How is JCU making a difference?
Take a look at our JCU GP training stories
“When you stay in a smaller rural or regional town, you quickly get to know everyone. There is a sense of security in that, and also a sense of community and belonging. It gives you the safety to be your authentic self,” said Dr Kaur.
“All of us in Innisfail are full-on characters and that’s completely accepted!”
The Queensland Health senior dentist, who works across the Innisfail and Tully region, believes you need to share your personality to be an effective dentist.
“It’s very easy to step into the realm of thinking 'I’m a dentist and this is a patient and I’m working on them. But no, we’re actually working with them, going through a journey together. Building that connection is so important. We all have an experience to share, and when you share that, you're able to build a connection,” said Dr Kaur.
Building trust with patients in a dental clinic setting can be especially challenging, particularly for those who feel ashamed about the state of their teeth, or for those who fear dentists.
“We have people who come here and they mentally starfish at the door. I’ve had people break down crying once they sit in the chair. For these patients, coming to a dental clinic can be quite traumatic. It’s a much bigger picture than just teeth.”
“We had a patient who had a history of domestic violence and drugs and her teeth were in a very poor condition. When it came time to insert some dentures, she had a look in the mirror and started crying. It was so transformational for her and that’s the part that I love about being a dentist.”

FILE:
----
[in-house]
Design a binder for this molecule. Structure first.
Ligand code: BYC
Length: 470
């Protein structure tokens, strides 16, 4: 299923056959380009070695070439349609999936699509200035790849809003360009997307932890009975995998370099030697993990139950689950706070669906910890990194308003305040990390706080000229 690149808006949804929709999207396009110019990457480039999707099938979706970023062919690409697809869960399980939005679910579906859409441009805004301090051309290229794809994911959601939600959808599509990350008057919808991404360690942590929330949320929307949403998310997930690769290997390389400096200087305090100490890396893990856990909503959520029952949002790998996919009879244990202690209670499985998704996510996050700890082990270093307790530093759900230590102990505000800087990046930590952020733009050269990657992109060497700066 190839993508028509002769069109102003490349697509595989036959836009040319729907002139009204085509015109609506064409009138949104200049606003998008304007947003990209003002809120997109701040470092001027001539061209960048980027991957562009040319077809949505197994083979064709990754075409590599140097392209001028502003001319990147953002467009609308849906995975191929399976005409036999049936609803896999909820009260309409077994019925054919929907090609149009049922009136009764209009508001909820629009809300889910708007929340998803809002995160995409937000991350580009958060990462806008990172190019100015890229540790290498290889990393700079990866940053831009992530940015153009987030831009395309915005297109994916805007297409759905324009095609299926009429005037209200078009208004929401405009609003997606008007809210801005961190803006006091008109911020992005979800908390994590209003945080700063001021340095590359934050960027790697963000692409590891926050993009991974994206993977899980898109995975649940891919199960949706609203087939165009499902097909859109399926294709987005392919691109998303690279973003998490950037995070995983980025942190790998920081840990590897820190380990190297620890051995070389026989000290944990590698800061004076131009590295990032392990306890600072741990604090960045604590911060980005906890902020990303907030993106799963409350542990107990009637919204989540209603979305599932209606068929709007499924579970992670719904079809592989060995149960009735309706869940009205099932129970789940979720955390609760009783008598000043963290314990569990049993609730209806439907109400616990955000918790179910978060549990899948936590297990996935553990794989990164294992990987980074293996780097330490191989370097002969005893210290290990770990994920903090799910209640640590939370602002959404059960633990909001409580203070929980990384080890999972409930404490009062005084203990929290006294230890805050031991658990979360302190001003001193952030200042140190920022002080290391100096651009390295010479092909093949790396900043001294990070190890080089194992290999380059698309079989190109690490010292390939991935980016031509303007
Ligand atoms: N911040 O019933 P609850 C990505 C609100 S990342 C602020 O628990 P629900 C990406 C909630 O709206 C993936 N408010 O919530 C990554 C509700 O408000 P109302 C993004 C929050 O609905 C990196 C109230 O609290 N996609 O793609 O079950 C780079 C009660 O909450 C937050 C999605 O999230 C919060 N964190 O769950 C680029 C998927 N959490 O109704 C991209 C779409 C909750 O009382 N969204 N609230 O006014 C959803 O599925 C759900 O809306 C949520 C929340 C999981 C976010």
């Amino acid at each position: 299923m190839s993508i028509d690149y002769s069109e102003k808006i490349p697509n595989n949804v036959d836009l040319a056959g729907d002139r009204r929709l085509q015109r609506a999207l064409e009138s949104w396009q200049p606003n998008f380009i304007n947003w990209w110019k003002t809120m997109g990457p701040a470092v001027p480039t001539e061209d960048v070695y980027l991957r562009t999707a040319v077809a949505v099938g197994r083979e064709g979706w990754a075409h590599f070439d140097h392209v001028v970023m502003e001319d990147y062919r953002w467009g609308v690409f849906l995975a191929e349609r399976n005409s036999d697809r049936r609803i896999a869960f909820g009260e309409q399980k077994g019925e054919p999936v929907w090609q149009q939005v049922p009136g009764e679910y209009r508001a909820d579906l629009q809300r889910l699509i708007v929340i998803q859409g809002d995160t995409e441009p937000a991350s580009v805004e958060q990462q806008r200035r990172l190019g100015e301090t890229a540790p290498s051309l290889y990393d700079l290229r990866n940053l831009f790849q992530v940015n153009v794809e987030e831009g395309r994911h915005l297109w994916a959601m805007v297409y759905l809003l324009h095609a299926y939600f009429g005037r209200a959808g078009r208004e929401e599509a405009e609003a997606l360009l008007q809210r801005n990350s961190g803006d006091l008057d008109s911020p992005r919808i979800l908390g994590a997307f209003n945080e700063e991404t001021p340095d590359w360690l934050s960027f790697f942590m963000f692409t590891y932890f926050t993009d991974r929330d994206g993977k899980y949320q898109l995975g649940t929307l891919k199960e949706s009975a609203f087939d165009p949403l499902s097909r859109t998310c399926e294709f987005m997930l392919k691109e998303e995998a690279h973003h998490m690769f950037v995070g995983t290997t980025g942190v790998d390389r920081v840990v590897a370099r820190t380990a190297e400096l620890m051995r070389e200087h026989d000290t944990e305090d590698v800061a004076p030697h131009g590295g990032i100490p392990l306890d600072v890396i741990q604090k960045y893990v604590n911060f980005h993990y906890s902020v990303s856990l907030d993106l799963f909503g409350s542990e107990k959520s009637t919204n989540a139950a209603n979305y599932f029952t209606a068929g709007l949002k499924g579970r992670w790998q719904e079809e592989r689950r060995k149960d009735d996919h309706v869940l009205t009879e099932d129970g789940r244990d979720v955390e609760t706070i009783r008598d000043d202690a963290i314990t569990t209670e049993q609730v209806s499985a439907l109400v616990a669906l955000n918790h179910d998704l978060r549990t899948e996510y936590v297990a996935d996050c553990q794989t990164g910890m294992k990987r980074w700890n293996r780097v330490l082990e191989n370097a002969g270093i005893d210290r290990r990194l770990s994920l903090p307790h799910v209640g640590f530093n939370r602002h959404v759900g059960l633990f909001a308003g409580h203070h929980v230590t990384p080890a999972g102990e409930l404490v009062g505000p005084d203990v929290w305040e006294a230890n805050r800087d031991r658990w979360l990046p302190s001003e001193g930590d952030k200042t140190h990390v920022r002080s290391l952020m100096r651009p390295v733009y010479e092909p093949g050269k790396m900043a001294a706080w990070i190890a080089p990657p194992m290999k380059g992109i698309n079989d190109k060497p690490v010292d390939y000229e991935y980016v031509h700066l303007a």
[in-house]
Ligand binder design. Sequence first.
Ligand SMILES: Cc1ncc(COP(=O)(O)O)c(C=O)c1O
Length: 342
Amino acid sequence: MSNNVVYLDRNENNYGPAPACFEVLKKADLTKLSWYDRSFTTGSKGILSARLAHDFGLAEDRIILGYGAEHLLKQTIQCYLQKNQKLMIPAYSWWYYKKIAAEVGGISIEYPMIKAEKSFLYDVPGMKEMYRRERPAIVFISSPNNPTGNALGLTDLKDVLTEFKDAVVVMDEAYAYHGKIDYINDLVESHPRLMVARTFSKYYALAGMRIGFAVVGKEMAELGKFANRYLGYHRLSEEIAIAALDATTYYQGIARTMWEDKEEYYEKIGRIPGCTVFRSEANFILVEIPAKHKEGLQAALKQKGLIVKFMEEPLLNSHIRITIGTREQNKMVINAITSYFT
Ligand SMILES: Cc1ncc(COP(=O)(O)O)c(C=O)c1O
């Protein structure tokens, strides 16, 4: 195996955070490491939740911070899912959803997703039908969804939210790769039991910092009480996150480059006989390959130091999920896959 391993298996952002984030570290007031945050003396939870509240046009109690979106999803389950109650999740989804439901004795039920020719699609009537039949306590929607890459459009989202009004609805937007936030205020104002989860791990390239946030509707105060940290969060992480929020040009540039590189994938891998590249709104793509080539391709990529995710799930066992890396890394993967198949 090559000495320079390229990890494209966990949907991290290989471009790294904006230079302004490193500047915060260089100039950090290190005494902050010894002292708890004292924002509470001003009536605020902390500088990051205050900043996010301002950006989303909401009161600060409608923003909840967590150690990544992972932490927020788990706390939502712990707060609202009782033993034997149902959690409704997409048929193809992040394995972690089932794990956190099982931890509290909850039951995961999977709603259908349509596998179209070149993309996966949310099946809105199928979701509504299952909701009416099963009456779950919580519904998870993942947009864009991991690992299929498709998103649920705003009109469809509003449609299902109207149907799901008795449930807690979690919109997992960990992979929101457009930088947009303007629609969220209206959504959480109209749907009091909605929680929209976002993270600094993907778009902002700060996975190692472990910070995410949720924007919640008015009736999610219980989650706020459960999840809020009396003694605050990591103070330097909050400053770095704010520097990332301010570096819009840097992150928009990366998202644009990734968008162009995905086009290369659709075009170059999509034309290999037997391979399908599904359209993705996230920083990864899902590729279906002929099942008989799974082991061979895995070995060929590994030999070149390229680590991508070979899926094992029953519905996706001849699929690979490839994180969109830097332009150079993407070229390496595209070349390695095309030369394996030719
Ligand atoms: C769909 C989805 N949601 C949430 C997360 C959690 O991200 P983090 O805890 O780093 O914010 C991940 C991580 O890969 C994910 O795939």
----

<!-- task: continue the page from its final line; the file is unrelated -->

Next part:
Another unexpected factor that can cause patients to fear a trip to the dentist is the terminology used to describe procedures.
“The language around dentistry is not very comforting. Dentists aren’t seen as healers. Instead, they are regarded as someone who drills, fills and pulls.”
Moreover, for some patients even just sitting in the dentist’s chair can make them feel particularly vulnerable and anxious.
“The dental industry can be quite psychological. The patient is lying in a chair, almost like a psychologist’s chair, they are putting their complete trust in you. To be in that vulnerable state, with someone that close, inches from your face, that’s hard. It’s actually a courageous thing for a patient to do.”
Dr Kaur’s advice is for dentists to recognise how patients may be feeling, and adjust their approach to treatment accordingly.
“That vulnerable state is what dentists must understand. We must ensure that we carry those people through that with dignity and respect, that we take them on their healing journey. If you fully embrace that, see it from the patient’s point of view, then you get to know how to help in the best way possible.”
Dr Kaur credits the development of her philosophical and holistic approach to dentistry in part to the training she received at JCU. As part of the first cohort of JCU dental students ten years ago, she was also exposed to the ‘pioneering’ spirit of the times.
“We all wanted the same goal, to build a rural and regional dentistry workforce together. There was a lot of criticism back then for doing things differently, but JCU has been successful in flipping that completely on its head.”
“As the dentistry school developed and grew, so did we. It made us resourceful and resilient.”
Beginning her studies as a school leaver, Dr Kaur admits her decision to study dentistry was strongly influenced by her extended family. However, she has never looked back.
“I would definitely recommend dentistry as a rewarding career because of the lives you touch, the people you see, and the journeys you get to experience. It’s a unique space.”